In must be understood that the liability of the sons to pay the debts incurred by the father is co-extensive with the power of the father to deal with the joint family property. If the partition had not taken place, it is not disputed that the creditor could have reached even the undivided shares of the sons. It also cannot be in doubt that the creditors could have impleaded the sons in the suit which he filed against the father, and if a decree had been passed against both the father and sons, there could have been little objection on the side of the sons in allowing the decree to be executed against their undivided shares, or in other words, against, a joint family property what difference does it make if instead of impleading the sons in the previous suit an independent and subsequent suit is filed against them in order to give effect to the theory of pious obligations, I fail to understand. If they are liable for the discharge of the original debt incurred by the father, they continue to be liable in spite of the fact that a decree is obtained against the father. Their liability need not necessarily be joint with the father. Their liability is based on the well accepted theory of pious obligation. When the second suit is not barred against the sons, how can the sons plead that their liability is co-extensive with the liability of the father, limited to his property in other words, his capacity to pay the debt? In this case, if the sons were to be made parties originally and a decree passed both against the father and sons and if an attempt first was made to execute the decree were then executed against the sons, could they have successfully objected at that stage that because the decree-holder failed to realise the entire amount from the father, the decree-holder cannot object to this, I do not understand as to now how they can now object to this, I do not understand as to how they can now object merely because of the insolvency proceedings. The result of the insolvency proceedings is only to declare that the father has no capacity further to pay the debts. That order only absolves the father from paying the debt within the four corners of that Act. The liability of the sons is not extinguished thereby. Nor the debt is extinguished. When once the debt as far as the sons are concerned is alive and they are in possession of what previously was the joint family, property, they are obliged to pay the debt which admittedly is a pre-partition debt.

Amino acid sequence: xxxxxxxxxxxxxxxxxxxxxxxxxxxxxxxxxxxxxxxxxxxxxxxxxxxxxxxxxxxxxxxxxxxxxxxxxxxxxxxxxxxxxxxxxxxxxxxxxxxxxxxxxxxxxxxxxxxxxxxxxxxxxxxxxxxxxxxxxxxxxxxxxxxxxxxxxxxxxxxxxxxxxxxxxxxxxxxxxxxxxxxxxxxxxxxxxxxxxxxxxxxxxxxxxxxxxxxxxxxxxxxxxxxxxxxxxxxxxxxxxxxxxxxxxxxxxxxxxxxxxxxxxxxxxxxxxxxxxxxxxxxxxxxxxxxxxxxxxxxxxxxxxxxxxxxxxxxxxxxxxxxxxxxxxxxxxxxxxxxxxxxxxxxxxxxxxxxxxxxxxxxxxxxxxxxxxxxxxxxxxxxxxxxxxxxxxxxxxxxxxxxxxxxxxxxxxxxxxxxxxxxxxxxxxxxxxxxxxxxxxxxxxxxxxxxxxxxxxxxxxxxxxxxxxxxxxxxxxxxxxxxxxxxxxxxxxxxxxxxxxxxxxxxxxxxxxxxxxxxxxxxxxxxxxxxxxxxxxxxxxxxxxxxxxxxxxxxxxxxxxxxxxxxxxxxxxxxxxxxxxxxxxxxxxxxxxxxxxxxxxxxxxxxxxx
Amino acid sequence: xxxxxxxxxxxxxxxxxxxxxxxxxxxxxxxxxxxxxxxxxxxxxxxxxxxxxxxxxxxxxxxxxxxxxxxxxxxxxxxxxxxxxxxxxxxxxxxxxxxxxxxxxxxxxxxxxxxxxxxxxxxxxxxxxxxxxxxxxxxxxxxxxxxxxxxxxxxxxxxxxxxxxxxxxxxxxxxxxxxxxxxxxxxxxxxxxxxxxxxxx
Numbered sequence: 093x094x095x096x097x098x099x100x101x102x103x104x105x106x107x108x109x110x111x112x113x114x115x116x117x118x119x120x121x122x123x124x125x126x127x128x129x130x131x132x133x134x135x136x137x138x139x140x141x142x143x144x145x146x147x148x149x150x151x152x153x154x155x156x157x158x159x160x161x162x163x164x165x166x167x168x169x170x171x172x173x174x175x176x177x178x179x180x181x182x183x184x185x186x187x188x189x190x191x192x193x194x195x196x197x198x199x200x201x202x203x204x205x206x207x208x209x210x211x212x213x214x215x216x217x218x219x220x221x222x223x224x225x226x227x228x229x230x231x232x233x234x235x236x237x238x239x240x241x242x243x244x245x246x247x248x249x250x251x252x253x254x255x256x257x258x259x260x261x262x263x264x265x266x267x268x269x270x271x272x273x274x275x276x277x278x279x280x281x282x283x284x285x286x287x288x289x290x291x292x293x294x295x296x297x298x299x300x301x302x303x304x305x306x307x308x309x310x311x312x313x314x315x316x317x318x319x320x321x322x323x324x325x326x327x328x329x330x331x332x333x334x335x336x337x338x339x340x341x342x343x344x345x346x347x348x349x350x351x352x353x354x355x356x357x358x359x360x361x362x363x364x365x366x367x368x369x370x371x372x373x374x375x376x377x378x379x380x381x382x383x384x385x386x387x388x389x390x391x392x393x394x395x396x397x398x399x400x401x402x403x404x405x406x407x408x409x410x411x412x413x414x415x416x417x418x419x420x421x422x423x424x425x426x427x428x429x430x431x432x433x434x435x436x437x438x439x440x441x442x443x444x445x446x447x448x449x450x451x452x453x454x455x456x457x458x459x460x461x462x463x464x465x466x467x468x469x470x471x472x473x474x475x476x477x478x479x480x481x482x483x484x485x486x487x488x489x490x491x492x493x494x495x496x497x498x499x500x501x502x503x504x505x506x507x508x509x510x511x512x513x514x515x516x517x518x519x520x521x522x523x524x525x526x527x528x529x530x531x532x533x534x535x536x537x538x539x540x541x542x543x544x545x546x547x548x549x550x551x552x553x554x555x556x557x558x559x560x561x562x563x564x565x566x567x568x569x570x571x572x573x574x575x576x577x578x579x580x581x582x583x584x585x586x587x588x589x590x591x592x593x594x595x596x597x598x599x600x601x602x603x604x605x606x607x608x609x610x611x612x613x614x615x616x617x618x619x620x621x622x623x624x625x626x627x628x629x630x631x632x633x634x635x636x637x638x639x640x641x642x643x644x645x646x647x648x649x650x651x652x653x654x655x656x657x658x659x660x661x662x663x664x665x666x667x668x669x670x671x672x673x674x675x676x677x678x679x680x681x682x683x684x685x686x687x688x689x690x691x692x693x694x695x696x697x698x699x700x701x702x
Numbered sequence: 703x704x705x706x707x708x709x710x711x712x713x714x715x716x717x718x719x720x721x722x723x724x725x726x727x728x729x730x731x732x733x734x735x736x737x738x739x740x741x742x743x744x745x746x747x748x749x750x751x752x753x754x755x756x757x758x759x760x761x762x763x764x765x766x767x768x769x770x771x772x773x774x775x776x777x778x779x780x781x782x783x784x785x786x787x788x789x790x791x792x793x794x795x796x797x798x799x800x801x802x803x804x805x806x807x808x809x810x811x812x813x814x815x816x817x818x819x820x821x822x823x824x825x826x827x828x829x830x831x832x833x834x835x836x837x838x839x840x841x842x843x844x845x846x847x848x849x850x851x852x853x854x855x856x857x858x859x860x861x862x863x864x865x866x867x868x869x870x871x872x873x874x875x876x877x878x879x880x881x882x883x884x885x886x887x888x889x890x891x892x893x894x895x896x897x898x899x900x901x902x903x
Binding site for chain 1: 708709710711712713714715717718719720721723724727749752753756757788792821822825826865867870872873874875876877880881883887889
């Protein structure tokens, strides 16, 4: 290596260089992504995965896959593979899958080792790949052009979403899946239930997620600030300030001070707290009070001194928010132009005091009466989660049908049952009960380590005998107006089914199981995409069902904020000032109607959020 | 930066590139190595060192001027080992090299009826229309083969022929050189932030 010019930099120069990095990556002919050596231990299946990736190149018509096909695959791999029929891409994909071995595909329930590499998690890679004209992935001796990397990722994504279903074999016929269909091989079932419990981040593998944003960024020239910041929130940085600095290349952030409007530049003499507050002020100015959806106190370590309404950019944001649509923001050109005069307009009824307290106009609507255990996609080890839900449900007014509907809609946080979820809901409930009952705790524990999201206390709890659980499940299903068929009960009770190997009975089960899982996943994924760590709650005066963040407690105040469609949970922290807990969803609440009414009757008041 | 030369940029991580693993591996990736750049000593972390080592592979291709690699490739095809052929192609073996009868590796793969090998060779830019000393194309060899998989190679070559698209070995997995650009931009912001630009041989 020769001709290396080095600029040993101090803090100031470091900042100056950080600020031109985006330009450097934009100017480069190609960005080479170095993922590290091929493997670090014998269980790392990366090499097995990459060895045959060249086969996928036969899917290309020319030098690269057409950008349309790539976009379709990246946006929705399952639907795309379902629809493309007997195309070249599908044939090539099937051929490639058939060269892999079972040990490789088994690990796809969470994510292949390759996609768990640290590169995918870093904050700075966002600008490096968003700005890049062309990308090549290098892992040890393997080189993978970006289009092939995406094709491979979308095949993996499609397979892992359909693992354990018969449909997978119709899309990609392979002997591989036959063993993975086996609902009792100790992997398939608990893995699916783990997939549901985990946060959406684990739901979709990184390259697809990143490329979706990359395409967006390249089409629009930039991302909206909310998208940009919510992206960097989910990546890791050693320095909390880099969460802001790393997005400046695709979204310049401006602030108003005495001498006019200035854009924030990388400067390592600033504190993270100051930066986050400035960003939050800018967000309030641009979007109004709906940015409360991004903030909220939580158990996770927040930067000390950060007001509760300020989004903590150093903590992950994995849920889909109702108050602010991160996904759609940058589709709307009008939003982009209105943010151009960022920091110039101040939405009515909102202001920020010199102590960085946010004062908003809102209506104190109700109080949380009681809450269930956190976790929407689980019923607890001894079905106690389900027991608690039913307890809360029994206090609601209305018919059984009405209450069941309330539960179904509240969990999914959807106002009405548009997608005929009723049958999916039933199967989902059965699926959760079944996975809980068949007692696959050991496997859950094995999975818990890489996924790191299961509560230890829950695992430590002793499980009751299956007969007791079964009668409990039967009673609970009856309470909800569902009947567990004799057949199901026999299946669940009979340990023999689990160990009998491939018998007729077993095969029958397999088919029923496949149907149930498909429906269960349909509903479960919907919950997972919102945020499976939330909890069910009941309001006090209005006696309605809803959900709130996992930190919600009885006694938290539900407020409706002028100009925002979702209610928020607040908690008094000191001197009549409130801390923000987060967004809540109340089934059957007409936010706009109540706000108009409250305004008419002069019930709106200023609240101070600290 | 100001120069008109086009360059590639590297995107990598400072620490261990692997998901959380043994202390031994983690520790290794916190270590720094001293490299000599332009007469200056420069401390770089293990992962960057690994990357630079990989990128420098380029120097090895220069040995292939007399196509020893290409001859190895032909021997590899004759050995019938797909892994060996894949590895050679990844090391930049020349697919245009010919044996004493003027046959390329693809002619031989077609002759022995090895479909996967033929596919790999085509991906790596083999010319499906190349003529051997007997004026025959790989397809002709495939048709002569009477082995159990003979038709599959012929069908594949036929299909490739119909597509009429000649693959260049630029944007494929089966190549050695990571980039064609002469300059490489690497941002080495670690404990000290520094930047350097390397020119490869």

The partition which subsequently took place would not permit them to object to the payment of the pre-partition debt. Their obligation under the Hindu law on the other hand was to pay the pre-partition debts first and then to partition the property. If they have failed to do so at the time of the partition, the creditor is perfectly entitled to realise the pre-partition debt from the joint family property. which after partition is in the hands of the sons. As I am clearly of the opinion that the insolvency proceedings do not reduce or extinguish the debt, the plaintiff is entitled to proceed against the sons for the amount which he could not realise from the father in the insolvency proceedings. If he has not received anything, it must follow that he would be entitled to recover the entire debt from the joint family property in the hands of the son.